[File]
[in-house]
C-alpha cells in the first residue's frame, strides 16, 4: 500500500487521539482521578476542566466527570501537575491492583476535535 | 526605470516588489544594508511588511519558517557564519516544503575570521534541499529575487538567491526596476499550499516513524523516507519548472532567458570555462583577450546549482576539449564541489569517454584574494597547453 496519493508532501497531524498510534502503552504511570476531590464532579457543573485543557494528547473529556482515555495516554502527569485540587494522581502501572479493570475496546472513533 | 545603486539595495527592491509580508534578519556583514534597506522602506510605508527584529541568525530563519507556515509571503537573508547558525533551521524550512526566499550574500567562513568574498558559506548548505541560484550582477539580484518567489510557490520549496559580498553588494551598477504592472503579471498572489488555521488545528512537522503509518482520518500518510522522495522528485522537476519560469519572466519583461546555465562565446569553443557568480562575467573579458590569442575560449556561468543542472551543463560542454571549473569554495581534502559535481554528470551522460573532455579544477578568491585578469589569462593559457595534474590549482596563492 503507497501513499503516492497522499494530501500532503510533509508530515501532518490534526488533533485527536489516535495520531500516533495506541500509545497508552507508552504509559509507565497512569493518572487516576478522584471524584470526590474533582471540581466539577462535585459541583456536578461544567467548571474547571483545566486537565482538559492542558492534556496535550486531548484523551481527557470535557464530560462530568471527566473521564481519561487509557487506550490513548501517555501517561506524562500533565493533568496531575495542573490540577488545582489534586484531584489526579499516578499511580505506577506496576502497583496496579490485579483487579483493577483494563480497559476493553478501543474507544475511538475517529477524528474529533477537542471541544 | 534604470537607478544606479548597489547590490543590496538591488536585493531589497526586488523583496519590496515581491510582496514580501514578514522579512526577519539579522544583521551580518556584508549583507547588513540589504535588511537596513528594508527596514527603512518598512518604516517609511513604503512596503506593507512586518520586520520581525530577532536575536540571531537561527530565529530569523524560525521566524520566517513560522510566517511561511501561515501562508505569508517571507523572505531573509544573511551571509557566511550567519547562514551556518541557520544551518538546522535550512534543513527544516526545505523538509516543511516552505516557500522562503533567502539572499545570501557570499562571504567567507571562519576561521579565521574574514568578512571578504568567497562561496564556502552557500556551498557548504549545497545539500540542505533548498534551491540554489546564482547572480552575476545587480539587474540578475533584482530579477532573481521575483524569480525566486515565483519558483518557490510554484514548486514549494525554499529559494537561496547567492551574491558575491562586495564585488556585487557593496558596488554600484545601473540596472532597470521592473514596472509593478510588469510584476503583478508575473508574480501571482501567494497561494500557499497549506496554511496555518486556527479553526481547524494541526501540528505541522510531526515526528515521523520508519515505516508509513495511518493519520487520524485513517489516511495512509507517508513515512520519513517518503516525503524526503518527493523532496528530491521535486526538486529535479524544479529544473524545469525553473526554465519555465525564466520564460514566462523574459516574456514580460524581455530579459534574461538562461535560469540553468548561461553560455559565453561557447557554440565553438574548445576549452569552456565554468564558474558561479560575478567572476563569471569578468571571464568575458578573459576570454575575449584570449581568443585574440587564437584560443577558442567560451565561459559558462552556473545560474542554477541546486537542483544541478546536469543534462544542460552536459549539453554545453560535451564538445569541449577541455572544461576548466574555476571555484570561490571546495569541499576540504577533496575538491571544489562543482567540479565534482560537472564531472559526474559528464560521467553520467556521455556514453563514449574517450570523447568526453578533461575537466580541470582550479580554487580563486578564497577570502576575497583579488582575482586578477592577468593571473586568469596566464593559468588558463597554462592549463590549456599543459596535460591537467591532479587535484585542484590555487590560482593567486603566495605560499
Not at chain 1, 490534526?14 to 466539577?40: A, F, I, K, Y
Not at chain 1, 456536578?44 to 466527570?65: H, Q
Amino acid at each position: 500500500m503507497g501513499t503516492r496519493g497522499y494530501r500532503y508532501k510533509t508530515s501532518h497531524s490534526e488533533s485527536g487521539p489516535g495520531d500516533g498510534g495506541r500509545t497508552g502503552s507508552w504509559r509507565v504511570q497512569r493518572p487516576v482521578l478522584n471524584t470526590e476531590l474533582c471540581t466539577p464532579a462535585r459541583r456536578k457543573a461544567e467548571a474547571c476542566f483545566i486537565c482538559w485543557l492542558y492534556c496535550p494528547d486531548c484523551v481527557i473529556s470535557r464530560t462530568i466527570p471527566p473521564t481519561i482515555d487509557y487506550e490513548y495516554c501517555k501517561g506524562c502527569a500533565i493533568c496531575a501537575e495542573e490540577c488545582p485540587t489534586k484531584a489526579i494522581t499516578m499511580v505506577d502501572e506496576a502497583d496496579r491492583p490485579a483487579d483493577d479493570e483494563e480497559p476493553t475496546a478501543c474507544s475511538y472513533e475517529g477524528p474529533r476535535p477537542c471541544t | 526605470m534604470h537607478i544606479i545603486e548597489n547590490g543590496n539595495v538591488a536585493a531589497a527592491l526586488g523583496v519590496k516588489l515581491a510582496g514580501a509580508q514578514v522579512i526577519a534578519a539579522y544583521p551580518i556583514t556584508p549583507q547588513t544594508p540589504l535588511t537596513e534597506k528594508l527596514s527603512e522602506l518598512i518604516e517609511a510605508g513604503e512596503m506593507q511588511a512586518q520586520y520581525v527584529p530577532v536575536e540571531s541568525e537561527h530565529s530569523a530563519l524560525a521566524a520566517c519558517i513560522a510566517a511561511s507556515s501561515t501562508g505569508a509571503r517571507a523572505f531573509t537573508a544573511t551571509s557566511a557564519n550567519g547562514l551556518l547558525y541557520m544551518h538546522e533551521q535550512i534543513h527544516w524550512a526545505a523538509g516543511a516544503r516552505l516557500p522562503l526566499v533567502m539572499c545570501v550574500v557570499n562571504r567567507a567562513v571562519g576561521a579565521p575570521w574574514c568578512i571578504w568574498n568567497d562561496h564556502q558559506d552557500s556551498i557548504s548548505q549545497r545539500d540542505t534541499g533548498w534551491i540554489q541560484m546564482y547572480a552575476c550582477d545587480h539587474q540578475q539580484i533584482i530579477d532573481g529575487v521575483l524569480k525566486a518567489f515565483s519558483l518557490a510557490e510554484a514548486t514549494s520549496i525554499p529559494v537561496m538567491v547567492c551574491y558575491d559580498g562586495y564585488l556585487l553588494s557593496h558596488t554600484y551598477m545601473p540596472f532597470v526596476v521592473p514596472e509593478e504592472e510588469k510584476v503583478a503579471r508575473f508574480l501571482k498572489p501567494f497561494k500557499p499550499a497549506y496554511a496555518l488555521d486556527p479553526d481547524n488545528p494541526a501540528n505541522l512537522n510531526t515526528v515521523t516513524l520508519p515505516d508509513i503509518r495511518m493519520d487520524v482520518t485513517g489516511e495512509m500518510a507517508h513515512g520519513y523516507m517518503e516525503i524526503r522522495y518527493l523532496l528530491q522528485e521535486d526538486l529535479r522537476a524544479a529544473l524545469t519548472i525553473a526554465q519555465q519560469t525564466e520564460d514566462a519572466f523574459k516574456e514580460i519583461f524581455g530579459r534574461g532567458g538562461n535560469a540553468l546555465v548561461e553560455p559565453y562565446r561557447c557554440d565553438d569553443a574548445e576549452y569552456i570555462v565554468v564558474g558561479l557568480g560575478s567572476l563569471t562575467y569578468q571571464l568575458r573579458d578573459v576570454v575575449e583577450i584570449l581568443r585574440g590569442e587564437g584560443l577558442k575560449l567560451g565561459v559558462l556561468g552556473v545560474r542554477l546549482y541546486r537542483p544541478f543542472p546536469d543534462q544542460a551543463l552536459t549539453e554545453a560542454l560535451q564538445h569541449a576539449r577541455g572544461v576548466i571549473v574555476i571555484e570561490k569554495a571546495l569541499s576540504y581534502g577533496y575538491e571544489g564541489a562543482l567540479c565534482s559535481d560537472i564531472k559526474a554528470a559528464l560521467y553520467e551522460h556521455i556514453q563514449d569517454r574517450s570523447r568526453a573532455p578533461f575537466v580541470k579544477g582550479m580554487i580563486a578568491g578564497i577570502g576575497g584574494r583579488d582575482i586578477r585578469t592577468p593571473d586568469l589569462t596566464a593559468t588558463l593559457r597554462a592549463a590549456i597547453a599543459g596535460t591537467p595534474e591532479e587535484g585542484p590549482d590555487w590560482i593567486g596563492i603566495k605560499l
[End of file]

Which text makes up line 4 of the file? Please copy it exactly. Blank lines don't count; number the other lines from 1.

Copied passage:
Not at chain 1, 456536578?44 to 466527570?65: H, Q